• 0 avatar
        MeJ

        30 mile
        Don’t get me wrong, I like the new 4Runner a lot. A friend of mine had a 92 4Runner and it seemed about the size of the current Rav4. it just amazes me when I see one now how big they’ve become.
        It’s like Porsche 911’s. They’re a third bigger than 20 or so years ago.

        • 0 avatar
          30-mile fetch

          No, I totally see where you’re coming from, vehicles have packed on a lot of size and weight. Which encourages people like me to fill them up with stuff instead of using discipline and doing without. Which raises the opinion among owners that a little more room would be nice. Which makes the next generation of the model bigger…

          • 0 avatar
            gtem

            As the owner of a 3rd gen, the interior is narrower than that of a modern compact. Three across in the back is for short trips only. Cargo area is really big though (45cu ft) with rear seats in place. We fill ours up with 2 people+2 large (er) dogs and either camping gear or clothes/things for a week plus christmas gifts and such. We’re looking to start a family soon and there’s just no way I can see a baby+seat+baby things fitting with all that other stuff. To say nothing of the lack of modern child seat attachments or airbags and such in a 22 year old SUV.

            I want to convince my wife to step up to a ’17+ Armada then I can keep my old 4Runner lol

          • 0 avatar
            30-mile fetch

            Awhile ago I looked at autotrader listings for lightly used base Armadas and as much as I dislike Nissan right now, I can really see the appeal. That’s a big brute of a proper SUV with real clearance, strong old fashioned big-displacement V8, and a charming combination of velour cloth and wood paneling.

            Needs a little more attitude in the front fascia, though. Stretching the Pathfinder’s round anodyne face across the front of this rig isn’t a look that works for me.

          • 0 avatar
            gtem

            yeah I really wish the Armada kept the overseas Patrol’s approach angle. Not sure if it’s purely a stylistic thing for our market or something related to 5mph bumpers. I also think the amount of travel in both the front IFS and rear IRS is pretty pathetic to be honest. Again, our market is denied the crucial mechanical rear locker and the Hydraulic Body Motion Control (Nissan’s KDSS as I understand it). It looks like the US market simply got big fat roll bars to give it tighter on-road handling at the full expense of offroad articulation. Then again we also get this brute at a steal of a price compared to overseas.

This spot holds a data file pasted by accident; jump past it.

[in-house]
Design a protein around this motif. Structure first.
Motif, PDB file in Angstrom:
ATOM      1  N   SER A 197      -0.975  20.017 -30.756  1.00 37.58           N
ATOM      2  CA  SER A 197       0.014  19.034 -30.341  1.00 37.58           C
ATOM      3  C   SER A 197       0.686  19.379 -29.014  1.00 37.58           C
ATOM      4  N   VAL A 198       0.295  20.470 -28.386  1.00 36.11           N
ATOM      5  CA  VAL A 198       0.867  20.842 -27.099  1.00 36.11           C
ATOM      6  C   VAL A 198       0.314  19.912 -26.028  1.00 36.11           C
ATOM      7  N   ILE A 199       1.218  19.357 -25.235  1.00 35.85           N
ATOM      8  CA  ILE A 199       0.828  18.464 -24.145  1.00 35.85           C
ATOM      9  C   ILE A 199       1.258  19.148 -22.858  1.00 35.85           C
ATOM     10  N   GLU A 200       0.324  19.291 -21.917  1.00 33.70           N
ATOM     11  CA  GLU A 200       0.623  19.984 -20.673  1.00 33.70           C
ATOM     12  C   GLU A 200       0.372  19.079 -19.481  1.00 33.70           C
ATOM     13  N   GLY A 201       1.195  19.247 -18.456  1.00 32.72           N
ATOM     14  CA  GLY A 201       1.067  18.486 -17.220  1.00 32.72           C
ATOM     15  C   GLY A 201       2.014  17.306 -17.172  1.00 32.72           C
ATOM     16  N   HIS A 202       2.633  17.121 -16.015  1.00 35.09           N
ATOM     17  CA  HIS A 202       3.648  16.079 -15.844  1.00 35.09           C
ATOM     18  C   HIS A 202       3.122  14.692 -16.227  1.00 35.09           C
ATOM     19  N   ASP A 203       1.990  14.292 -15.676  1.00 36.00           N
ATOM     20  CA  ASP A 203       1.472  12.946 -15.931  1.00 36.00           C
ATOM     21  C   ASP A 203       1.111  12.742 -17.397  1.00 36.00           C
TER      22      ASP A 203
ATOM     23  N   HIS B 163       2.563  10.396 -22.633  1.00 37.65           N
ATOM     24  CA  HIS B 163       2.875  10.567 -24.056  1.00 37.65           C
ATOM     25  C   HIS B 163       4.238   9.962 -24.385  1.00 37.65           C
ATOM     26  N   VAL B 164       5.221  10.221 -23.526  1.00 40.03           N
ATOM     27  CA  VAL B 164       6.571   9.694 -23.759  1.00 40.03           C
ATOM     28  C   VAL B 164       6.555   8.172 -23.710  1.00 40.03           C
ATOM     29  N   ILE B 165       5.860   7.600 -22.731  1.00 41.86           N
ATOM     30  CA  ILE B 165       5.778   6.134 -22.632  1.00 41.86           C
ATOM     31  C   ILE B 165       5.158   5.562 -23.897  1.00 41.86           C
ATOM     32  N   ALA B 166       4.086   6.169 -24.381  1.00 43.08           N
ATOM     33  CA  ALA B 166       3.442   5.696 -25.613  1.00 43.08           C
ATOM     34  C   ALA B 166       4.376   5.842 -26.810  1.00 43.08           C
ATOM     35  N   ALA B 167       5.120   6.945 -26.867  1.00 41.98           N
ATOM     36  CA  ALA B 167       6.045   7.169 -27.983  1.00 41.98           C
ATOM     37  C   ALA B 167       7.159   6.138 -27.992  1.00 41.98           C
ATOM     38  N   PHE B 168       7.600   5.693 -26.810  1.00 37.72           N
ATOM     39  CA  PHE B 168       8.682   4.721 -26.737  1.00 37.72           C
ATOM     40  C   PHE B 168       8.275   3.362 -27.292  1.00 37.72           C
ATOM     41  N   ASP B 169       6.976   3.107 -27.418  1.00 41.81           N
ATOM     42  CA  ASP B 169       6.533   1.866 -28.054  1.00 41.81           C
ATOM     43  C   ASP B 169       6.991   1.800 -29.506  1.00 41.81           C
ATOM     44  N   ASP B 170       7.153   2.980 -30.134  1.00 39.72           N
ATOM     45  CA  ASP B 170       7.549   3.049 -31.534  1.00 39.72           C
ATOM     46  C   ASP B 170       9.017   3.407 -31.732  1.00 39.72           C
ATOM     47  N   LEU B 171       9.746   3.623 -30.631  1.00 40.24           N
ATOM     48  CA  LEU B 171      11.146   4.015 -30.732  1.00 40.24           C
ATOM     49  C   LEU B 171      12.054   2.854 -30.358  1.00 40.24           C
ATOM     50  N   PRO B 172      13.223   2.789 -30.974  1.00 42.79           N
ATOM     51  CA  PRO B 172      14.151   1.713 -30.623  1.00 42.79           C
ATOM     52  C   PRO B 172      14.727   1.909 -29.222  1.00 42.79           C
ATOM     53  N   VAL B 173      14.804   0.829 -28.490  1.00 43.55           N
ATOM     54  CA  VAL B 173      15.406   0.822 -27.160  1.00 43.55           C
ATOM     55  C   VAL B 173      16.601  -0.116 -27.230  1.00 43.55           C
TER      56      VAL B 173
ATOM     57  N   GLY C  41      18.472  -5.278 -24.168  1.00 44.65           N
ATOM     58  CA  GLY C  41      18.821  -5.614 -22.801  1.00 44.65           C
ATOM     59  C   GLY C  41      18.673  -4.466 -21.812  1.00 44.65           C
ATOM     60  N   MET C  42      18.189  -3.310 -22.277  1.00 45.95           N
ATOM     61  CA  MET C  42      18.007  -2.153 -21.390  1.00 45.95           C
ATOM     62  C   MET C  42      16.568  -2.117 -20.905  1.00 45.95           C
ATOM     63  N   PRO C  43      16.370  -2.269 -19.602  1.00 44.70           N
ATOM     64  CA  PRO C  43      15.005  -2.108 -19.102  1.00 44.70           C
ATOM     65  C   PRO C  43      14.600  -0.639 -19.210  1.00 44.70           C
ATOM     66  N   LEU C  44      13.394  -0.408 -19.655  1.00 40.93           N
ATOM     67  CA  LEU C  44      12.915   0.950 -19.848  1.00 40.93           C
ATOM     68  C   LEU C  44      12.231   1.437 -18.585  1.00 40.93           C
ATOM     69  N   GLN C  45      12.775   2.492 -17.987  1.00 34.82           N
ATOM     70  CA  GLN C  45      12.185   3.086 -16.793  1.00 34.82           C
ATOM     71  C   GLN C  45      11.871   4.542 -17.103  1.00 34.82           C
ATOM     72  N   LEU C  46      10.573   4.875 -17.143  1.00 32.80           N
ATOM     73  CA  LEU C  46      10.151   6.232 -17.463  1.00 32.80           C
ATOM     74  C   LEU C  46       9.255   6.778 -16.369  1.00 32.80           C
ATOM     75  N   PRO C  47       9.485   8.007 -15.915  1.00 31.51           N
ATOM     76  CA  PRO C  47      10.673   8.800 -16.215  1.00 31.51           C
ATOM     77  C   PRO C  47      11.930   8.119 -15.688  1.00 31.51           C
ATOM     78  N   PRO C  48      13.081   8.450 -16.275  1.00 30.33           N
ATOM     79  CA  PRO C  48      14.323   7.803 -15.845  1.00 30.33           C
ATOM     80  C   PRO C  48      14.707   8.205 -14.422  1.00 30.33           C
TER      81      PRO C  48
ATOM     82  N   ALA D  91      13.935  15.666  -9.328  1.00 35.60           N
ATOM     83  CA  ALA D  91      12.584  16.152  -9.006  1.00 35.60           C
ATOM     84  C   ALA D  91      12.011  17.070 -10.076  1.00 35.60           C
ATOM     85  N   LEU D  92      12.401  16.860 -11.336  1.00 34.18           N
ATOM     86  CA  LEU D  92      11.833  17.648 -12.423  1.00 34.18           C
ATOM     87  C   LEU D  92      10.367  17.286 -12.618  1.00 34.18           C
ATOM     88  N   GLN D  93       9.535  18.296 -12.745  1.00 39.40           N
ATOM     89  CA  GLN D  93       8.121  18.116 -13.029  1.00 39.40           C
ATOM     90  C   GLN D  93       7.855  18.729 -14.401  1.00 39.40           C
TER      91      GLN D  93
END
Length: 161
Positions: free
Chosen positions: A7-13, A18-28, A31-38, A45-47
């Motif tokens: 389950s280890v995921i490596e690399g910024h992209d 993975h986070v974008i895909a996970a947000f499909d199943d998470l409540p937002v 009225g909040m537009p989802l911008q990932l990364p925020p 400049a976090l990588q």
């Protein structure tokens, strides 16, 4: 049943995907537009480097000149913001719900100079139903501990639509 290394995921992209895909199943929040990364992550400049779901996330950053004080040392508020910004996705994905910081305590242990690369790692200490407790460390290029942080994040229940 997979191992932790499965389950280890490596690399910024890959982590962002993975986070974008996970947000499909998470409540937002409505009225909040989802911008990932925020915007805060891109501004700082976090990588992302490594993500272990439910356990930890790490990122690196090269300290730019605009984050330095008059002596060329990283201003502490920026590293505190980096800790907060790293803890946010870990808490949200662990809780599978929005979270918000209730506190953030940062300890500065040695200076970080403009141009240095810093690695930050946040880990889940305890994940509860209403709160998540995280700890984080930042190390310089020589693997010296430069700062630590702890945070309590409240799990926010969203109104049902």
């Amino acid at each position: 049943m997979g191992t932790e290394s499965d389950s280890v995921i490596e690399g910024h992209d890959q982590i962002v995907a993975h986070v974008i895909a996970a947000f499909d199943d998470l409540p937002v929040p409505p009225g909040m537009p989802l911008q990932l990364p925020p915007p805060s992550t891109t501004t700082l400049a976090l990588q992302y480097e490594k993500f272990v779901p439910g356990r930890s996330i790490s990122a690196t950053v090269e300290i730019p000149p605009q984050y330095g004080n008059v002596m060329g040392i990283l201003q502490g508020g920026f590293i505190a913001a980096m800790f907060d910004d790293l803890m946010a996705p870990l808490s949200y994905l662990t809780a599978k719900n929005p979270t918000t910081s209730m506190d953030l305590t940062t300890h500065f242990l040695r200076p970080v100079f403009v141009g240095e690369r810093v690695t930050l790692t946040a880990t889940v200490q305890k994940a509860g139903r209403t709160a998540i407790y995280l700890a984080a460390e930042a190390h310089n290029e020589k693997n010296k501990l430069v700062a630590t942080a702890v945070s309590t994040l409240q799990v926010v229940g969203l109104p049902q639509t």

What I really wish is that I could buy a factory-fresh gen 1 Sequoia, that really hits the sweet spot for me in every engineering respect: some of the best SUV interior packaging/space IMO with an honest to God usable third row that is fully removable opening up something like 67 cu ft of space behind the second row, 120cu ft with second row folded. Adequate and rock solid iron block 2UZ powerplant that gets palatable-ish highway mpg if driven near the speed limit. Solid rear axle with good travel, gen 1 yota dual wishbone IFS with the same pluses and minuses as my ’96 4Runner (good travel but need to watch lower ball joints). Multi-mode 4wd and an early implementation of ATRAC, and finally, the roll down rear window which I absolutely love.

  • avatar
    thornmark

    >>In fact, it spent most of 2017 beating the snot out of the Honda CR-V and Nissan Rogue to retake its place as America’s best-selling small SUV — a miraculous feat considering the current generation has been around since 2012.<<

    Not really. The RAV discounts massively. The CR-V, not much at all.

    • 0 avatar
      30-mile fetch

      Sounds like a lot of smart consumers to me. If you’re going to buy a boring soul-sucking appliance, why overpay for the Honda?

      • 0 avatar
        thornmark

        not really – because the CR-V is the best rated and doesn’t need to discount

        I’m sure Toyota wouldn’t massively discount if it didn’t need to massively discount

        • 0 avatar
          30-mile fetch

          The best rated boring soul-sucking appliance is still a boring soul-sucking appliance, thorn.

          If that is the route I’m going, I would rather pay less for the same utility and save the balance for something interesting. The H emblem is only magical for a certain subset of fetishists.

          • 0 avatar
            thornmark

            it’s not magic, Honda just makes better cars in some classes so it doesn’t have to discount

            and most people don’t consider Hondas to be appliances, that is usually reserved for companies like Toyota and Nissan that rely heavily on fleet sales and discounts to move their commerce

          • 0 avatar
            30-mile fetch

            “and most people don’t consider Hondas to be appliances”

            LOL. I think you are a little confused about the definition of “most”. And if the Type-R halo has extended over the CR-V for some buyers, they are paying a premium on their crossover appliance for that delusion.

          • 0 avatar
            ernest

            I’d disagree here. A sale is a sale, a profit is a profit. Toyota sold 2.1 million cars in the US last year, plus another 300K Lexus’s. Darned sure they didn’t lose money on any of them. Honda sold 1.5 million- not a bad showing either, by any means. But make no mistake, they’re both mass marketers of efficient transportation devices. Damned good ones, I might add. Having owned both, I’d say it’s almost a coin toss.

  • avatar
    sensiblebuyer

    And here I thought the ugliest RAV4’s were behind us…..